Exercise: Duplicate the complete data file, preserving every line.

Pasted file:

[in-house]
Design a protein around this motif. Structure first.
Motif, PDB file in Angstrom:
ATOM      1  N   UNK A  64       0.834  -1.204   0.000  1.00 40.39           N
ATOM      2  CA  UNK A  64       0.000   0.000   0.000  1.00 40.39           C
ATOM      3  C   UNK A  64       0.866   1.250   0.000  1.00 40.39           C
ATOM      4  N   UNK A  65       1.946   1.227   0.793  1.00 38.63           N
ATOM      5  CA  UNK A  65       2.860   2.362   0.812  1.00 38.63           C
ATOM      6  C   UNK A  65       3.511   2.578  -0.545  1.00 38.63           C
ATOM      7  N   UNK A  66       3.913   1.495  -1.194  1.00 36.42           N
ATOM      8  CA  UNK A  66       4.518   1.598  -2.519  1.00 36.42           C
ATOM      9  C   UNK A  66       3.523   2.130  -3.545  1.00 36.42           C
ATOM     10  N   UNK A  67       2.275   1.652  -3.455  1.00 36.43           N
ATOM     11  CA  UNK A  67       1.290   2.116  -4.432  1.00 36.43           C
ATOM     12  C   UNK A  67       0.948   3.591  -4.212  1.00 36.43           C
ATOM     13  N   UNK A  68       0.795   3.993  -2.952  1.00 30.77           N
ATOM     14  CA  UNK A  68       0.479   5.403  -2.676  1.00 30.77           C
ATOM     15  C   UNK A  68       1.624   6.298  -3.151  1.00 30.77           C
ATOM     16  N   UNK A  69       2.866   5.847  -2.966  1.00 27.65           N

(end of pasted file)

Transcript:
[in-house]
Design a protein around this motif. Structure first.
Motif, PDB file in Angstrom:
ATOM      1  N   UNK A  64       0.834  -1.204   0.000  1.00 40.39           N
ATOM      2  CA  UNK A  64       0.000   0.000   0.000  1.00 40.39           C
ATOM      3  C   UNK A  64       0.866   1.250   0.000  1.00 40.39           C
ATOM      4  N   UNK A  65       1.946   1.227   0.793  1.00 38.63           N
ATOM      5  CA  UNK A  65       2.860   2.362   0.812  1.00 38.63           C
ATOM      6  C   UNK A  65       3.511   2.578  -0.545  1.00 38.63           C
ATOM      7  N   UNK A  66       3.913   1.495  -1.194  1.00 36.42           N
ATOM      8  CA  UNK A  66       4.518   1.598  -2.519  1.00 36.42           C
ATOM      9  C   UNK A  66       3.523   2.130  -3.545  1.00 36.42           C
ATOM     10  N   UNK A  67       2.275   1.652  -3.455  1.00 36.43           N
ATOM     11  CA  UNK A  67       1.290   2.116  -4.432  1.00 36.43           C
ATOM     12  C   UNK A  67       0.948   3.591  -4.212  1.00 36.43           C
ATOM     13  N   UNK A  68       0.795   3.993  -2.952  1.00 30.77           N
ATOM     14  CA  UNK A  68       0.479   5.403  -2.676  1.00 30.77           C
ATOM     15  C   UNK A  68       1.624   6.298  -3.151  1.00 30.77           C
ATOM     16  N   UNK A  69       2.866   5.847  -2.966  1.00 27.65           N